Noticeably absent from Facebook’s public statement was the fact that Facebook also filed a patent application the year prior, on September 22, 2011, for a “method … for tracking information about the activities of users of a social networking system while on another domain.”

The list of lies from Facebook goes on and on.

Their lies rely upon people not performing the research and accepting the false claims by Facebook executives and employees to make the world a more connected place. This applies even to businesses, like advertising firms, that generally accept Facebook’s claims we cover in the article Facebook’s History of Lying to Advertisers and Media Buyers About Ad Reach.

Given how much Facebook lies, I would find it very difficult to either trust them as a user or buy services from them if I were an advertiser.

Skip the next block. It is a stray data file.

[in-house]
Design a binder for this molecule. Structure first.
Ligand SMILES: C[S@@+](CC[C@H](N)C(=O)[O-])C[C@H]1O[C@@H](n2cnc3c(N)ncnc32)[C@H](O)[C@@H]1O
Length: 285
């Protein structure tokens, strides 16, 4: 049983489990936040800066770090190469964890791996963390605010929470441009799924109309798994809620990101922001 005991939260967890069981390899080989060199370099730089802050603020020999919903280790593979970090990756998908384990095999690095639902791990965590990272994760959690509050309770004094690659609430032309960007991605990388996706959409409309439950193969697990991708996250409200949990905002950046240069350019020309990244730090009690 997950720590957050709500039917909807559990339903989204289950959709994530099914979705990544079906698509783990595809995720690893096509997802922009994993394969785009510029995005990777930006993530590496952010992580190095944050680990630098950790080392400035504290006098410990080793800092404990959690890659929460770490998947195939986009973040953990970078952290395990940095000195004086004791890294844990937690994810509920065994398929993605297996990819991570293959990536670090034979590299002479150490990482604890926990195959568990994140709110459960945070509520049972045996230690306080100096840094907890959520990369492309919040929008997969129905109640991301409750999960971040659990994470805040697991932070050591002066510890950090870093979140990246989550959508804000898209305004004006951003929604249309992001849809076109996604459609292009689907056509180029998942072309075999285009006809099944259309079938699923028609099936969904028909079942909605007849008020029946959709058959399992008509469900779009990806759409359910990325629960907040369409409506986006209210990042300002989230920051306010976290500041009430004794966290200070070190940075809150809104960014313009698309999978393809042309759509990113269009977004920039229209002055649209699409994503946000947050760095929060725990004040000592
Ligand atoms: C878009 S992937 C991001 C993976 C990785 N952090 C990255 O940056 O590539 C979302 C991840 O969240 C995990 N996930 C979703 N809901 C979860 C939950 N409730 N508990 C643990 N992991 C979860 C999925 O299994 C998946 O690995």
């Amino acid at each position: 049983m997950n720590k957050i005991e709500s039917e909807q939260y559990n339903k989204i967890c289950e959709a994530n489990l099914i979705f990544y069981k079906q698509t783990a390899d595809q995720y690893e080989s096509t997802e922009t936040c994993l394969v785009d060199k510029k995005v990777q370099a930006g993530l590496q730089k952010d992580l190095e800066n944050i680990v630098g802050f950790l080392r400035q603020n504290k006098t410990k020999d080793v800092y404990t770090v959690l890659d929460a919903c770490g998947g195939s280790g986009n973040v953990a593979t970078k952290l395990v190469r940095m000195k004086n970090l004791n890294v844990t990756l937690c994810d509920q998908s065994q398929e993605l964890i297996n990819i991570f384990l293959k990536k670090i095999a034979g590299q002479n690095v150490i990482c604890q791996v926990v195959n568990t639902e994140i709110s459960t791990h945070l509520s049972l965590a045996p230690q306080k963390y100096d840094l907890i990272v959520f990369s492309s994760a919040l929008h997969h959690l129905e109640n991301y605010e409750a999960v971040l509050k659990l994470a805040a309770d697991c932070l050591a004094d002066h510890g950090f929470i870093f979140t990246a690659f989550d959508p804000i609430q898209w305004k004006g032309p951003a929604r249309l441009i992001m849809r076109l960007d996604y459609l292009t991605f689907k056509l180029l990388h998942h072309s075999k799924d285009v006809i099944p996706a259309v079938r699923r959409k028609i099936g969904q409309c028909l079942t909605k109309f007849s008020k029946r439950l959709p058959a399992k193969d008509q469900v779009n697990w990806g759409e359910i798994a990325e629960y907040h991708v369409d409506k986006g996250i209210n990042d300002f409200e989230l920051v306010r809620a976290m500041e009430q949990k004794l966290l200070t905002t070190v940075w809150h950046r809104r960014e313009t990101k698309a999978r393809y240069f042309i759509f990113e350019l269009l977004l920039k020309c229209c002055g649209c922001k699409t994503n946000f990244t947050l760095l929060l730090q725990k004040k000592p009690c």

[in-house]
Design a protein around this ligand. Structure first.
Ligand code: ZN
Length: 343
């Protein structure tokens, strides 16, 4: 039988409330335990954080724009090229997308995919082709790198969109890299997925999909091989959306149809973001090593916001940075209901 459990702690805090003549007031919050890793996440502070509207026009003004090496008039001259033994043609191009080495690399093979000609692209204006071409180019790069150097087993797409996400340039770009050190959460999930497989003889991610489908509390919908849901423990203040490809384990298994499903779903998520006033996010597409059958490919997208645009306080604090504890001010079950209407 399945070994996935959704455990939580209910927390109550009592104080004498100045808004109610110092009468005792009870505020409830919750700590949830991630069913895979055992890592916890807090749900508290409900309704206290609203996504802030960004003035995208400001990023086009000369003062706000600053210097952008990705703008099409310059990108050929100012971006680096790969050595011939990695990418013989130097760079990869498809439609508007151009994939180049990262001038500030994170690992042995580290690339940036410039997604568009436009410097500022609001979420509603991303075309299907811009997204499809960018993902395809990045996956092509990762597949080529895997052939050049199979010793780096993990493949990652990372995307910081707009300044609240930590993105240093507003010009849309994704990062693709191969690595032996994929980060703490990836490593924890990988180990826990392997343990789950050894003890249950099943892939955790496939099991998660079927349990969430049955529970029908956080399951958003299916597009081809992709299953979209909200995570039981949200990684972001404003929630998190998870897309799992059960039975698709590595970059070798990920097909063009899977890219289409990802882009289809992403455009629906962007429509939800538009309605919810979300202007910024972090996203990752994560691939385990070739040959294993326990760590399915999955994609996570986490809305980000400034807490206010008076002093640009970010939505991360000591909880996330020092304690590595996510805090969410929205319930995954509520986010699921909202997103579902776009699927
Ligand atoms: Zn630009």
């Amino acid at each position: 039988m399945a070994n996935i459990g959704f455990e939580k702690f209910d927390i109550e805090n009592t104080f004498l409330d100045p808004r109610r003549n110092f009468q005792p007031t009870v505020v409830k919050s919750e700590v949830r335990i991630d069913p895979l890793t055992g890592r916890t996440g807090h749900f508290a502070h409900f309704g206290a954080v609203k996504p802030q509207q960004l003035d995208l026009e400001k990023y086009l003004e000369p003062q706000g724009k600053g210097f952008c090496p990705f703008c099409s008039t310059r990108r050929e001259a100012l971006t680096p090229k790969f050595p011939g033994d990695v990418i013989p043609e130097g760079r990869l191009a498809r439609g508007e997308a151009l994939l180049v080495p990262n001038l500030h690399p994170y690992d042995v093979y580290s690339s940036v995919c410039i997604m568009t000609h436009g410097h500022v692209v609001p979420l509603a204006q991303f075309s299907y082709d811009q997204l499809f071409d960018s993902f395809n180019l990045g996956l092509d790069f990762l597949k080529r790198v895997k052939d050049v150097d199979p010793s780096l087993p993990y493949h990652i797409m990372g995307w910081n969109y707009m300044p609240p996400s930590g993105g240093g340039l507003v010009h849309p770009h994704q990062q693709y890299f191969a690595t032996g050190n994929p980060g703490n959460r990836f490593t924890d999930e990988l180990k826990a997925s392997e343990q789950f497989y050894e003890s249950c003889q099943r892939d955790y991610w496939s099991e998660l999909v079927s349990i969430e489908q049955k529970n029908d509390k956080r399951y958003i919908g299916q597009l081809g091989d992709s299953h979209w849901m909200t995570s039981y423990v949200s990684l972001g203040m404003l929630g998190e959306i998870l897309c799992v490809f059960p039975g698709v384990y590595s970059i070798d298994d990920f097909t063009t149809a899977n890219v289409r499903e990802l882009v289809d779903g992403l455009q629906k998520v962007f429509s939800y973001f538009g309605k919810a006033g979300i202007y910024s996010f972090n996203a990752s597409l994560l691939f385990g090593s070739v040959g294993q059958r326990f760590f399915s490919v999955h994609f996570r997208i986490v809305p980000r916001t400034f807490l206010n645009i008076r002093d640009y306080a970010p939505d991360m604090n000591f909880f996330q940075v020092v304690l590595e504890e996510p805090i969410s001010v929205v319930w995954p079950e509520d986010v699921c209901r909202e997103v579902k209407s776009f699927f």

Another example of dishonest behavior by Facebook is ignoring the Do Not Track setting in user’s browsers.

How Facebook Violated the Do Not Track Setting in Browsers by Lying About its Surveillance

In an effort to ward off regulation, various industry players promised to give users Do Not Track opt-outs. Microsoft updated the Internet Explorer browser to provide users with a Do Not Track setting. Other browsers— Firefox, Safari, Opera, and Chrome—also adopted the Do Not Track protocol.186 With Safari, for example, a user could go to Preferences Settings, toggle to the Privacy tab, then select the checkbox “Ask websites not to track me.” The Do Not Track protocol though didn’t technically block companies from tracking users. Rather, a user’s browser would simply send a message notifying companies that he or she does not wish to be tracked. It was simply a polite request, which a company could choose whether or not to heed.

In another demonstration of market power, Facebook would ignore users’ activation of
Do No Track. In 2013, Erin Egan, the chief privacy officer of Facebook, explained that